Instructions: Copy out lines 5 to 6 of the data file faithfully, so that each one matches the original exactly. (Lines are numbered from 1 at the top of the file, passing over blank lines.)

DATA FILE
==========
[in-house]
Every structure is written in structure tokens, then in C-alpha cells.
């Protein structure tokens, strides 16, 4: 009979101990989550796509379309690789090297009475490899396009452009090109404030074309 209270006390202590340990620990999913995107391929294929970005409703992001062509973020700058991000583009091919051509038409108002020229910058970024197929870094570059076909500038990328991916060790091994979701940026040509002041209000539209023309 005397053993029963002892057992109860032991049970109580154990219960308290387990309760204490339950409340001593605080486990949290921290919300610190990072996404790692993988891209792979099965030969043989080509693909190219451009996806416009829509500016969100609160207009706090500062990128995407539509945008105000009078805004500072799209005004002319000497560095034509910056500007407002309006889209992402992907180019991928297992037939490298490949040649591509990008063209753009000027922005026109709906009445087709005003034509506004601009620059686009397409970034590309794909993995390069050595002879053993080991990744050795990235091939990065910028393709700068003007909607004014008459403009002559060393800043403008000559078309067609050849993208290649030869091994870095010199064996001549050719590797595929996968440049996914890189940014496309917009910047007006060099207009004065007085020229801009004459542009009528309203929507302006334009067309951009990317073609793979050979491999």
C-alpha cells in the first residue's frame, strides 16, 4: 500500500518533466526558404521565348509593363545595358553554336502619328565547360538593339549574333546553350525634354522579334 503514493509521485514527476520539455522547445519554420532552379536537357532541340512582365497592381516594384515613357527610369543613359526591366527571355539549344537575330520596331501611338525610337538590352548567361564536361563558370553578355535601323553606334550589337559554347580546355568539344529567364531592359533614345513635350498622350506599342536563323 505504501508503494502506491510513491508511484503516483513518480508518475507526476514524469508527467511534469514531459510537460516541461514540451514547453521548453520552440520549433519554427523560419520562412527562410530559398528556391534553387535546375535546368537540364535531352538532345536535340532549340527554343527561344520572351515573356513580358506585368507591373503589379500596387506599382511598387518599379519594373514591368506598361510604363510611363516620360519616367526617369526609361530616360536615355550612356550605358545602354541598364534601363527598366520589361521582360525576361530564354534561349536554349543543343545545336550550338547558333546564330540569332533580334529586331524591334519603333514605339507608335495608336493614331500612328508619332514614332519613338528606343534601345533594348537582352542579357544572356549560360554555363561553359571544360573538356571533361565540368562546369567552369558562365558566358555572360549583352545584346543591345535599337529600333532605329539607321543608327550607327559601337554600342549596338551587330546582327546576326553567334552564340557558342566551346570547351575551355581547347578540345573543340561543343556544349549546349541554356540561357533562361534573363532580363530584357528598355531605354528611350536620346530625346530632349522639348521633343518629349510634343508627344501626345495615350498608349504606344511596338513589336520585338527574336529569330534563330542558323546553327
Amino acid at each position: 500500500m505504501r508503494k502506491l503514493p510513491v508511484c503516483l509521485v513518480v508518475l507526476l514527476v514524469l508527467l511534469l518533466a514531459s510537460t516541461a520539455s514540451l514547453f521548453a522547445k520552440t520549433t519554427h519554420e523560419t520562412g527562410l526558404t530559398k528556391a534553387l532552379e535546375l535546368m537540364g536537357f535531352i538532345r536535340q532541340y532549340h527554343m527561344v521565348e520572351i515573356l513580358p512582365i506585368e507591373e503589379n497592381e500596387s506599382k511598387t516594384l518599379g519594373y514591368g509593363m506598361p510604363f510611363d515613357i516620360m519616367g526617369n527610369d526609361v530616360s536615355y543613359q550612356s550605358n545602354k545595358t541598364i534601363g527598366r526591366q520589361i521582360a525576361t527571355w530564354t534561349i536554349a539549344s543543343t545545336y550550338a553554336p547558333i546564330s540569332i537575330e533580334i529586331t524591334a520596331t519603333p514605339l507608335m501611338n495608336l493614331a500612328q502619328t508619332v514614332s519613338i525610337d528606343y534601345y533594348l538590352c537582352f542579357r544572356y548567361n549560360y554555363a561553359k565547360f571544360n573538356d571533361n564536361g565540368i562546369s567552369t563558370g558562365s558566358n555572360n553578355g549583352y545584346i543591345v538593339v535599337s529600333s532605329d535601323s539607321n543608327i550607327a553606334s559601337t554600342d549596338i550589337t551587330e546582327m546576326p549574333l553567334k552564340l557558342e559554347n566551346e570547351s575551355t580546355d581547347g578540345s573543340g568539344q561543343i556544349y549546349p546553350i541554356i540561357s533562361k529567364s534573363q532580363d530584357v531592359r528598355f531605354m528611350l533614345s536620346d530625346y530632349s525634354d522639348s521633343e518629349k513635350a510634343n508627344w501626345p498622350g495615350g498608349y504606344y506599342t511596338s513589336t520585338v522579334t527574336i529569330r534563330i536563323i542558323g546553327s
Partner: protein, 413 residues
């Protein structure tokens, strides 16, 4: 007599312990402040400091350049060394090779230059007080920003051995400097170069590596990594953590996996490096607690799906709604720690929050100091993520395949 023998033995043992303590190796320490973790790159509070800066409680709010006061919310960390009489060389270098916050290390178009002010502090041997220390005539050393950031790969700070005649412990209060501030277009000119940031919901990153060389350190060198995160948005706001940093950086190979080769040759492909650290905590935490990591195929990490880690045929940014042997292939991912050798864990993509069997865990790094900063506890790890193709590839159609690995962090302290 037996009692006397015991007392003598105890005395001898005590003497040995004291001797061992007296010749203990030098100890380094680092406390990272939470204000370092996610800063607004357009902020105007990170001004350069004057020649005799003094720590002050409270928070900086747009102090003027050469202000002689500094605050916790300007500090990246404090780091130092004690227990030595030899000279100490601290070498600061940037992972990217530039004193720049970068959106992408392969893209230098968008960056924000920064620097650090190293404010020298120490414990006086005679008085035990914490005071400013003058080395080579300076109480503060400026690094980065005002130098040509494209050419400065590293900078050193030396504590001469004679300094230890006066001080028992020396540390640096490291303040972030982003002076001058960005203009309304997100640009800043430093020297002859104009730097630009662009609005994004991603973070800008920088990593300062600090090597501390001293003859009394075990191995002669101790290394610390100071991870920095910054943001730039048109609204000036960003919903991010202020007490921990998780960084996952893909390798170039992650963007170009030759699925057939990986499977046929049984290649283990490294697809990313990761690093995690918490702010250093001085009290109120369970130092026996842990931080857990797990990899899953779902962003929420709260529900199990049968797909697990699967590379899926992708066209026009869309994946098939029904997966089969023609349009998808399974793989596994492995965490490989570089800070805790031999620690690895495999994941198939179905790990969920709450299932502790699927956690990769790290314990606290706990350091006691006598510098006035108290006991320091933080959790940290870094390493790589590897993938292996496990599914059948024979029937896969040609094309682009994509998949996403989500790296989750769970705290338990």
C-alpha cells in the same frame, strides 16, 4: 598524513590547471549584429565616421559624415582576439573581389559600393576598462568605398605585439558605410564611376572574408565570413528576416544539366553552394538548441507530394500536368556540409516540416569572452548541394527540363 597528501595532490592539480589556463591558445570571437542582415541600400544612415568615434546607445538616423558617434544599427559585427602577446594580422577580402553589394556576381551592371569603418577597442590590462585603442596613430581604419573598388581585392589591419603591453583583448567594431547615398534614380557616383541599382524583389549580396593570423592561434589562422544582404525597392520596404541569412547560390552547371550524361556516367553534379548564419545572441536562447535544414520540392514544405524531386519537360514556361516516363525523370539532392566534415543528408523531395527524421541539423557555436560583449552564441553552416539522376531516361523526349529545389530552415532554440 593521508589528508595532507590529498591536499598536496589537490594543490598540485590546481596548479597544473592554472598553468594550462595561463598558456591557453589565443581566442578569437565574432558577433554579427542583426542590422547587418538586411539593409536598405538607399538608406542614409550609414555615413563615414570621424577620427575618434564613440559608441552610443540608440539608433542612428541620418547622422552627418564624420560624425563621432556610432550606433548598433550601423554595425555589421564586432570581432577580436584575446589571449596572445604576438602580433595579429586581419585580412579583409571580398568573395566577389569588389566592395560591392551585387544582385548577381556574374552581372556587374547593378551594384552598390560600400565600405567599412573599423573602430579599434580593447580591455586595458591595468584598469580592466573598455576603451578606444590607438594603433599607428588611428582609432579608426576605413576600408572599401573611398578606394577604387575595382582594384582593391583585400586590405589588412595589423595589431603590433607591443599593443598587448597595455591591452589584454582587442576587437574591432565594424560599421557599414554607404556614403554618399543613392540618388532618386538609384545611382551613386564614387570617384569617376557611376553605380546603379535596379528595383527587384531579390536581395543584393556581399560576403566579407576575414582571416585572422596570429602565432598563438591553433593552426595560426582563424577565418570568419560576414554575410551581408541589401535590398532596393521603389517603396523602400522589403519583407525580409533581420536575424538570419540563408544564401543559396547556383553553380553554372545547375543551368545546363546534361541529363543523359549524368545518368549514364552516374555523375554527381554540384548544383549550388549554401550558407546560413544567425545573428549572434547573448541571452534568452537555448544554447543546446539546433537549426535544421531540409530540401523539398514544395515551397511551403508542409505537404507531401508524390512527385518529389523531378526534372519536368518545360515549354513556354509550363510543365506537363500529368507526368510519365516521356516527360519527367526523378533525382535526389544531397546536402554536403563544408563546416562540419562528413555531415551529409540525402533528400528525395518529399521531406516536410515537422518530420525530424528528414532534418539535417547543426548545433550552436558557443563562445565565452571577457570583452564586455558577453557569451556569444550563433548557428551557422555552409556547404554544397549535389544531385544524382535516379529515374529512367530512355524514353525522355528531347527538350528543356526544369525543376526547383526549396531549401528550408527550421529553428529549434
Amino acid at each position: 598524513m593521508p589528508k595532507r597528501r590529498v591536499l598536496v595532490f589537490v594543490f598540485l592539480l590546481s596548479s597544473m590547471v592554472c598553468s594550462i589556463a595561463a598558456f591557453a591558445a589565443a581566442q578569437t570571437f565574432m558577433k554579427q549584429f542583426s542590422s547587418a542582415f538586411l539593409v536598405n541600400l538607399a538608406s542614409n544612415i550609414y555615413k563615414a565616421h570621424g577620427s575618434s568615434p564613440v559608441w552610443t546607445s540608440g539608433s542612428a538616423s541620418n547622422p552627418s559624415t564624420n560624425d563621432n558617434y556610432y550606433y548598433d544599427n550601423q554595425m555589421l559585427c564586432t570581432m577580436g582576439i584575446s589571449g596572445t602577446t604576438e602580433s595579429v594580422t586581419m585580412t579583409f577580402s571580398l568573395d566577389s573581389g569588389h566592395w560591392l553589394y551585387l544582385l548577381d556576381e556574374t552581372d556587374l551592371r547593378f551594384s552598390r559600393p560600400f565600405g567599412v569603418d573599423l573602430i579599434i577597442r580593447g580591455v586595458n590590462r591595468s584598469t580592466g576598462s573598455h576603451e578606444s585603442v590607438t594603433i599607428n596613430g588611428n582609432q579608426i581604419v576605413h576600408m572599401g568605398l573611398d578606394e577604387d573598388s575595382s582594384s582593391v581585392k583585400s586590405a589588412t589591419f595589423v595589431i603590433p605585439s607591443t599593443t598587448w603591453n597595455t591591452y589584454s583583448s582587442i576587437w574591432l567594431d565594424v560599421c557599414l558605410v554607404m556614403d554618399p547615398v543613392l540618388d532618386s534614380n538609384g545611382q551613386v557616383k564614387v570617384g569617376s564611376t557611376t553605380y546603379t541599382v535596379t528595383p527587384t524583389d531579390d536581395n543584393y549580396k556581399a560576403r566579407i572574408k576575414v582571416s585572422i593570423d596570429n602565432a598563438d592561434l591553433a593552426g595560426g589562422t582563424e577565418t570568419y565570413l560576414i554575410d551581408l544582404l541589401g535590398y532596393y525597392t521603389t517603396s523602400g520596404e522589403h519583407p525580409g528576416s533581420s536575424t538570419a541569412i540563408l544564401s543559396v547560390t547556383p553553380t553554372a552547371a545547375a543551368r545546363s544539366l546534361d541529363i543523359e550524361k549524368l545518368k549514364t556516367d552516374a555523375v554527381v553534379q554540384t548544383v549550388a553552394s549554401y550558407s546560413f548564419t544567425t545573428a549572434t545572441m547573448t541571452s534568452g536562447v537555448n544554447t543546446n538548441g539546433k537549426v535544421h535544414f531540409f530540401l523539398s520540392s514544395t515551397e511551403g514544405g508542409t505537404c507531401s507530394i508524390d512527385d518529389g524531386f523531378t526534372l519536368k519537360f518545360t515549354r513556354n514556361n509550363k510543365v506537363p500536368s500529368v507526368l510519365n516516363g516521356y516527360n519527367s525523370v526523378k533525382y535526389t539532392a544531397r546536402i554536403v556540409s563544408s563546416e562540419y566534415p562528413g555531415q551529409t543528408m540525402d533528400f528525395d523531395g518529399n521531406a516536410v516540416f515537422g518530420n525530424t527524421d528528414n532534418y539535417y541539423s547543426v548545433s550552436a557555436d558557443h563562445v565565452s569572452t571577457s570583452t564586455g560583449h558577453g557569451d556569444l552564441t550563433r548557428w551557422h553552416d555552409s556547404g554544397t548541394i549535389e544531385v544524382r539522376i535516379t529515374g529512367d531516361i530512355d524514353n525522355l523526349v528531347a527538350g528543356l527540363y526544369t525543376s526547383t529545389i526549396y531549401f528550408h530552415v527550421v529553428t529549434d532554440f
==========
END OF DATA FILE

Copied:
Amino acid at each position: 500500500m505504501r508503494k502506491l503514493p510513491v508511484c503516483l509521485v513518480v508518475l507526476l514527476v514524469l508527467l511534469l518533466a514531459s510537460t516541461a520539455s514540451l514547453f521548453a522547445k520552440t520549433t519554427h519554420e523560419t520562412g527562410l526558404t530559398k528556391a534553387l532552379e535546375l535546368m537540364g536537357f535531352i538532345r536535340q532541340y532549340h527554343m527561344v521565348e520572351i515573356l513580358p512582365i506585368e507591373e503589379n497592381e500596387s506599382k511598387t516594384l518599379g519594373y514591368g509593363m506598361p510604363f510611363d515613357i516620360m519616367g526617369n527610369d526609361v530616360s536615355y543613359q550612356s550605358n545602354k545595358t541598364i534601363g527598366r526591366q520589361i521582360a525576361t527571355w530564354t534561349i536554349a539549344s543543343t545545336y550550338a553554336p547558333i546564330s540569332i537575330e533580334i529586331t524591334a520596331t519603333p514605339l507608335m501611338n495608336l493614331a500612328q502619328t508619332v514614332s519613338i525610337d528606343y534601345y533594348l538590352c537582352f542579357r544572356y548567361n549560360y554555363a561553359k565547360f571544360n573538356d571533361n564536361g565540368i562546369s567552369t563558370g558562365s558566358n555572360n553578355g549583352y545584346i543591345v538593339v535599337s529600333s532605329d535601323s539607321n543608327i550607327a553606334s559601337t554600342d549596338i550589337t551587330e546582327m546576326p549574333l553567334k552564340l557558342e559554347n566551346e570547351s575551355t580546355d581547347g578540345s573543340g568539344q561543343i556544349y549546349p546553350i541554356i540561357s533562361k529567364s534573363q532580363d530584357v531592359r528598355f531605354m528611350l533614345s536620346d530625346y530632349s525634354d522639348s521633343e518629349k513635350a510634343n508627344w501626345p498622350g495615350g498608349y504606344y506599342t511596338s513589336t520585338v522579334t527574336i529569330r534563330i536563323i542558323g546553327s
Partner: protein, 413 residues